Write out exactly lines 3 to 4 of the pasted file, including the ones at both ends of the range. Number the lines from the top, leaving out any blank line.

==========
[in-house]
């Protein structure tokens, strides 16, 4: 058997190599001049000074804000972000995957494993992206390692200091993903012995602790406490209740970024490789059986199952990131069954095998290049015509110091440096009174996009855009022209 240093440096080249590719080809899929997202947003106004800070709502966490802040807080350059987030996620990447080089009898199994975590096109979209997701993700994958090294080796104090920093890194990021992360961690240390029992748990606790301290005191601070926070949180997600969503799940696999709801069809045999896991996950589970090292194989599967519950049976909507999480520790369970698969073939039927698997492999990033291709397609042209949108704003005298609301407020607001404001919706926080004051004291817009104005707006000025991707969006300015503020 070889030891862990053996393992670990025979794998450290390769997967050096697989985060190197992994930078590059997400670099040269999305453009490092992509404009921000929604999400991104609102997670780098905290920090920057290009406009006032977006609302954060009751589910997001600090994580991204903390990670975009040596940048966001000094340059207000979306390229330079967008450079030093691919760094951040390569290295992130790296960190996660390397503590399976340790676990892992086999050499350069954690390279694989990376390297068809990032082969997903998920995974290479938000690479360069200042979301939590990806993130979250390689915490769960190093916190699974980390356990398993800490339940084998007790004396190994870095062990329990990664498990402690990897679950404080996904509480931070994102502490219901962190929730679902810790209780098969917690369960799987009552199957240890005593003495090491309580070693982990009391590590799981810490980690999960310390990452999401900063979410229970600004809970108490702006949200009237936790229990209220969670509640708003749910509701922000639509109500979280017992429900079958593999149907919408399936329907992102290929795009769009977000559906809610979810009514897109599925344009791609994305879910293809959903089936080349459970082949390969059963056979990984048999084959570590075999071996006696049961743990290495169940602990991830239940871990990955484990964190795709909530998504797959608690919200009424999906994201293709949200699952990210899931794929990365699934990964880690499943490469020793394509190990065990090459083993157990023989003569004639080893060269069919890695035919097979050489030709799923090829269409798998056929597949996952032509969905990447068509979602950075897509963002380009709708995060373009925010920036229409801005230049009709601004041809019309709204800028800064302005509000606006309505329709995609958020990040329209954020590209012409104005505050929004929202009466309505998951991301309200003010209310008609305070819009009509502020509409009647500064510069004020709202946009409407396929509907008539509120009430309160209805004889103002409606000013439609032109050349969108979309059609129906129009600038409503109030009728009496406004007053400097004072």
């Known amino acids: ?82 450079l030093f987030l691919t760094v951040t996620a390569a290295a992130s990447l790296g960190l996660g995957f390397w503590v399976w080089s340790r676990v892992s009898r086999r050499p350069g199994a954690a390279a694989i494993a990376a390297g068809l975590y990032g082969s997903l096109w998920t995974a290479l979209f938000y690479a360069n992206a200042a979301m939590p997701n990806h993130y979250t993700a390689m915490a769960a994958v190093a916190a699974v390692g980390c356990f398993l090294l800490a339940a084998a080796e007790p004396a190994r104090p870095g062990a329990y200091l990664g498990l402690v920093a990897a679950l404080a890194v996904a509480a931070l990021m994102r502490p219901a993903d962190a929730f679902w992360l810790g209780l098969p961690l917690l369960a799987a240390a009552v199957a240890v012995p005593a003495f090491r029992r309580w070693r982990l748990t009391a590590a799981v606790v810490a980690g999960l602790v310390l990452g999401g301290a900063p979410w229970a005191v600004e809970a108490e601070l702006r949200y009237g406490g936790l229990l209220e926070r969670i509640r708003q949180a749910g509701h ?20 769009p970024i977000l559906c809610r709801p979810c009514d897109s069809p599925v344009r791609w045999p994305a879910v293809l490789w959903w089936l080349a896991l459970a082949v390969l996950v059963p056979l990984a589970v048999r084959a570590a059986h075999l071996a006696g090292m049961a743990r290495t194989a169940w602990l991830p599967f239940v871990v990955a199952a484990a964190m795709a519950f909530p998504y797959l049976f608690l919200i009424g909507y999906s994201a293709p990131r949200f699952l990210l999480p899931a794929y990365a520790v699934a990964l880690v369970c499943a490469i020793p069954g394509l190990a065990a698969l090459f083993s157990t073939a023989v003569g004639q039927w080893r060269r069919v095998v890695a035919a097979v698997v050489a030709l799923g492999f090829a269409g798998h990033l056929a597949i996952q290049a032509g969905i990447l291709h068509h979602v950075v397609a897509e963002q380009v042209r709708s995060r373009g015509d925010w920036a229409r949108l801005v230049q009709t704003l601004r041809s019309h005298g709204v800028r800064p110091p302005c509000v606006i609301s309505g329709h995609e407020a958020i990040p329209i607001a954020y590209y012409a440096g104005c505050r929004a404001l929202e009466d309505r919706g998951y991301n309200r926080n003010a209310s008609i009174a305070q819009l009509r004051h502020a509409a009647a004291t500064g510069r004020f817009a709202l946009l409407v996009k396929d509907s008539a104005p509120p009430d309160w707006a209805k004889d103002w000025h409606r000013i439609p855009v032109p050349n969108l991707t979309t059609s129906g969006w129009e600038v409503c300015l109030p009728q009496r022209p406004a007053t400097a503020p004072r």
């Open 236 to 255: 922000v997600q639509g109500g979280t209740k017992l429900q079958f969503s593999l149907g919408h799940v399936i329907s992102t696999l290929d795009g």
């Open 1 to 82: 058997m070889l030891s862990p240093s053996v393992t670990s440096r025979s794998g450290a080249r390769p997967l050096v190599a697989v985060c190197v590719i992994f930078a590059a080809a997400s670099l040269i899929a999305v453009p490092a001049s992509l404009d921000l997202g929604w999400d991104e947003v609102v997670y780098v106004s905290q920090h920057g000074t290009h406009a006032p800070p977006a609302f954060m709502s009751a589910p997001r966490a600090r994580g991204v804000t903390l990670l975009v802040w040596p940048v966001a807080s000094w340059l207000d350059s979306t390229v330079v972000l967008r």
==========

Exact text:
């Known amino acids: ?82 450079l030093f987030l691919t760094v951040t996620a390569a290295a992130s990447l790296g960190l996660g995957f390397w503590v399976w080089s340790r676990v892992s009898r086999r050499p350069g199994a954690a390279a694989i494993a990376a390297g068809l975590y990032g082969s997903l096109w998920t995974a290479l979209f938000y690479a360069n992206a200042a979301m939590p997701n990806h993130y979250t993700a390689m915490a769960a994958v190093a916190a699974v390692g980390c356990f398993l090294l800490a339940a084998a080796e007790p004396a190994r104090p870095g062990a329990y200091l990664g498990l402690v920093a990897a679950l404080a890194v996904a509480a931070l990021m994102r502490p219901a993903d962190a929730f679902w992360l810790g209780l098969p961690l917690l369960a799987a240390a009552v199957a240890v012995p005593a003495f090491r029992r309580w070693r982990l748990t009391a590590a799981v606790v810490a980690g999960l602790v310390l990452g999401g301290a900063p979410w229970a005191v600004e809970a108490e601070l702006r949200y009237g406490g936790l229990l209220e926070r969670i509640r708003q949180a749910g509701h ?20 769009p970024i977000l559906c809610r709801p979810c009514d897109s069809p599925v344009r791609w045999p994305a879910v293809l490789w959903w089936l080349a896991l459970a082949v390969l996950v059963p056979l990984a589970v048999r084959a570590a059986h075999l071996a006696g090292m049961a743990r290495t194989a169940w602990l991830p599967f239940v871990v990955a199952a484990a964190m795709a519950f909530p998504y797959l049976f608690l919200i009424g909507y999906s994201a293709p990131r949200f699952l990210l999480p899931a794929y990365a520790v699934a990964l880690v369970c499943a490469i020793p069954g394509l190990a065990a698969l090459f083993s157990t073939a023989v003569g004639q039927w080893r060269r069919v095998v890695a035919a097979v698997v050489a030709l799923g492999f090829a269409g798998h990033l056929a597949i996952q290049a032509g969905i990447l291709h068509h979602v950075v397609a897509e963002q380009v042209r709708s995060r373009g015509d925010w920036a229409r949108l801005v230049q009709t704003l601004r041809s019309h005298g709204v800028r800064p110091p302005c509000v606006i609301s309505g329709h995609e407020a958020i990040p329209i607001a954020y590209y012409a440096g104005c505050r929004a404001l929202e009466d309505r919706g998951y991301n309200r926080n003010a209310s008609i009174a305070q819009l009509r004051h502020a509409a009647a004291t500064g510069r004020f817009a709202l946009l409407v996009k396929d509907s008539a104005p509120p009430d309160w707006a209805k004889d103002w000025h409606r000013i439609p855009v032109p050349n969108l991707t979309t059609s129906g969006w129009e600038v409503c300015l109030p009728q009496r022209p406004a007053t400097a503020p004072r």
């Open 236 to 255: 922000v997600q639509g109500g979280t209740k017992l429900q079958f969503s593999l149907g919408h799940v399936i329907s992102t696999l290929d795009g």